"Let books be your dining table, / And you shall be full of delights. / Let them be your
And you shall sleep restful nights" (St. Ephraim the Syrian).

Wednesday, March 26, 2014

Russian Orthodox Notions of Human Rights

Given the events in Russia and Ukraine recently, especially the annexation by the former of territory belonging to the latter, and given recent chatter, especially during the Sochi Olympics, about so-called gay rights in Russia, the question of human rights more broadly within Russia has been raised a lot lately.Of even more particular interest is the relationship of ideas about rights to Orthodox theology, which is a new field currently being developed, including in an article in the upcoming spring issue of Logos: A Journal of Eastern Christian Studies, as I noted here.

The following book, then, published just this month, is very timely indeed: Kristina Stoeckl, The Russian Orthodox Church and Human Rights (Routledge, 2014), 170p. 

About this book we are told:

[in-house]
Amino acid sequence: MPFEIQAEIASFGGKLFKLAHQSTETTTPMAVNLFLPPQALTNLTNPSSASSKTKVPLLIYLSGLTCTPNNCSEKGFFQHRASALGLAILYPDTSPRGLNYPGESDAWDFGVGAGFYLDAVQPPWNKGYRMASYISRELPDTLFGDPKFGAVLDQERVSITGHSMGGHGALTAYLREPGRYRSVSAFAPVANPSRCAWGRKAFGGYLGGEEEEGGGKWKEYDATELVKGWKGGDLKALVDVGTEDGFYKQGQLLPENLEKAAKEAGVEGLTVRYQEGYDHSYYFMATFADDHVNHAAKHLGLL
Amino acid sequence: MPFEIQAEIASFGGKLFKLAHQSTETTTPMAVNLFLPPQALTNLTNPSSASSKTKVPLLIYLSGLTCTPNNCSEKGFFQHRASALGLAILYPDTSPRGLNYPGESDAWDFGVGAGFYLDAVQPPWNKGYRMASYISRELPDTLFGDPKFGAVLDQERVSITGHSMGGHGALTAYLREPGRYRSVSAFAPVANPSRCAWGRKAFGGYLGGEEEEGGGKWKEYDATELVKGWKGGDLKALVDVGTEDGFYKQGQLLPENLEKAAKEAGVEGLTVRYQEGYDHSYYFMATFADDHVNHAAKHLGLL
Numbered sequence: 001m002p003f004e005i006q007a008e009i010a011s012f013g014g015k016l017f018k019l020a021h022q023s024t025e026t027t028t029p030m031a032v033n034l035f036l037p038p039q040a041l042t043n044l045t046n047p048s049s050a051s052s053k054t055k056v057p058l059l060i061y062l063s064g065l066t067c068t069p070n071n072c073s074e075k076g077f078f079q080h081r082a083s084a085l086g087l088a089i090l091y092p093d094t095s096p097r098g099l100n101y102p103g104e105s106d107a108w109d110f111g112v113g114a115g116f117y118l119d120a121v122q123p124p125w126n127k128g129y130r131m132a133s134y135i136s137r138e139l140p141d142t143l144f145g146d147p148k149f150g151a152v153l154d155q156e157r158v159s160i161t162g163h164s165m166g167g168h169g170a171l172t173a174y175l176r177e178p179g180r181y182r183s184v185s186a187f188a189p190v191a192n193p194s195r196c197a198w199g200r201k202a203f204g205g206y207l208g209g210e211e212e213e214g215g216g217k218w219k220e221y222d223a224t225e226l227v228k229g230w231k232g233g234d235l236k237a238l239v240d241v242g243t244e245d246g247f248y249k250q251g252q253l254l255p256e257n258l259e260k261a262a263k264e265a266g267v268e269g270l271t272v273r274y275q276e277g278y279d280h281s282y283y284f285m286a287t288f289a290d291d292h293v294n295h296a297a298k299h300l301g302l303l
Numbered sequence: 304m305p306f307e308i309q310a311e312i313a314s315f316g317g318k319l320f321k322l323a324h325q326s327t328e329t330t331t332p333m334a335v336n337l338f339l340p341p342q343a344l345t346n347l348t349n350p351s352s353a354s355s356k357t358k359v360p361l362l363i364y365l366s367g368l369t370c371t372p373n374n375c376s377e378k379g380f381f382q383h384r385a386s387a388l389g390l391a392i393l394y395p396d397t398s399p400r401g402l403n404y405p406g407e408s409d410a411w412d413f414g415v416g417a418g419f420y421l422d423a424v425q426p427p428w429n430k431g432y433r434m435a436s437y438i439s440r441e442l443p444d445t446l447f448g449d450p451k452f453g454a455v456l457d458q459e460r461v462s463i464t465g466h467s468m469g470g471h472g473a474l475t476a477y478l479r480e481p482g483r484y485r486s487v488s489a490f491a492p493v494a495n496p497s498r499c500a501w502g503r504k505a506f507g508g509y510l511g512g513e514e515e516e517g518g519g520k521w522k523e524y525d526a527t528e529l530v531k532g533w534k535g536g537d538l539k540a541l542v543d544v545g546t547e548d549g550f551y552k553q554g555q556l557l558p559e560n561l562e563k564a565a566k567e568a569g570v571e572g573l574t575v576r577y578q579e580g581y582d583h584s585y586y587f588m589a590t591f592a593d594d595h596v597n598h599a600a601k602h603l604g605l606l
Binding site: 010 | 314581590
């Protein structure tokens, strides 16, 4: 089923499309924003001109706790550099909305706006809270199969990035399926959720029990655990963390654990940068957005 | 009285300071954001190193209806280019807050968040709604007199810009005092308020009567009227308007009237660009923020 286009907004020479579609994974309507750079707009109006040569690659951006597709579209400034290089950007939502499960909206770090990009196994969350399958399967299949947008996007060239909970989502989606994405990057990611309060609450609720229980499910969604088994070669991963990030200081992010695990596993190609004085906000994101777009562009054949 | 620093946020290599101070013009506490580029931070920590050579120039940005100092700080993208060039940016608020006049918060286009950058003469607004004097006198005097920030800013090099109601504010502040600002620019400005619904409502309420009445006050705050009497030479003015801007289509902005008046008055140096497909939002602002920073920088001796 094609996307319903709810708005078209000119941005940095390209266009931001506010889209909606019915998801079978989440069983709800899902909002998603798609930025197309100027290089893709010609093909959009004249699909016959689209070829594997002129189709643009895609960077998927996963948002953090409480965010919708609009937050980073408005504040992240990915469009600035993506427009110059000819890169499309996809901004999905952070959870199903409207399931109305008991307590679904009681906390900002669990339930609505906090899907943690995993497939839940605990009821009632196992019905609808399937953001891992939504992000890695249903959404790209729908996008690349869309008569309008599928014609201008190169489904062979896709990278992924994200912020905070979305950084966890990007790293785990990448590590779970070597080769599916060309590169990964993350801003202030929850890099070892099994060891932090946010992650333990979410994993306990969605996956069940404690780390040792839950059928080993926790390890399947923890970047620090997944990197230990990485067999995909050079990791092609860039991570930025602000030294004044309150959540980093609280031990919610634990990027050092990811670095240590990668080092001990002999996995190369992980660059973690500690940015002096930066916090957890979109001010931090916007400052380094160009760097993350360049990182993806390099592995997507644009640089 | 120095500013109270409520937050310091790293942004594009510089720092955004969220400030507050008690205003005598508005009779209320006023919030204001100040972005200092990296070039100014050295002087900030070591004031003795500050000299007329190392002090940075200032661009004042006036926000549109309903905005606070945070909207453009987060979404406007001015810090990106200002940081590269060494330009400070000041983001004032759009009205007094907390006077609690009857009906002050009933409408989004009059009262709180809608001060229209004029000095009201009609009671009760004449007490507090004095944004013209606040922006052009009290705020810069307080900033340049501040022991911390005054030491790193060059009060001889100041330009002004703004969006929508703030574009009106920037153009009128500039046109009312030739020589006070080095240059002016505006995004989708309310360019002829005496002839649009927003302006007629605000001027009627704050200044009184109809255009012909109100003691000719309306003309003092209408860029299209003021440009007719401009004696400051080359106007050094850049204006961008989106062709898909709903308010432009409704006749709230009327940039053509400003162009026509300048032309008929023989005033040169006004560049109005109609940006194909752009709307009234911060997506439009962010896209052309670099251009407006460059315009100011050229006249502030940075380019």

This book examines the key 2008 publication of the Russian Orthodox Church on human dignity, freedom, and rights. It considers how the document was formed, charting the development over time of the Russian Orthodox Church’s views on these issues. It analyses the detail of the document, and assesses the practical and political impact inside the Church, at the national level and in the international arena. Overall, it shows how the attitude of the Russian Orthodox Church has shifted from outright hostility towards individual human rights to the advocacy of "traditional values," though often projecting a more moderate face internationally, whilst taking a hard line within Russia itself.

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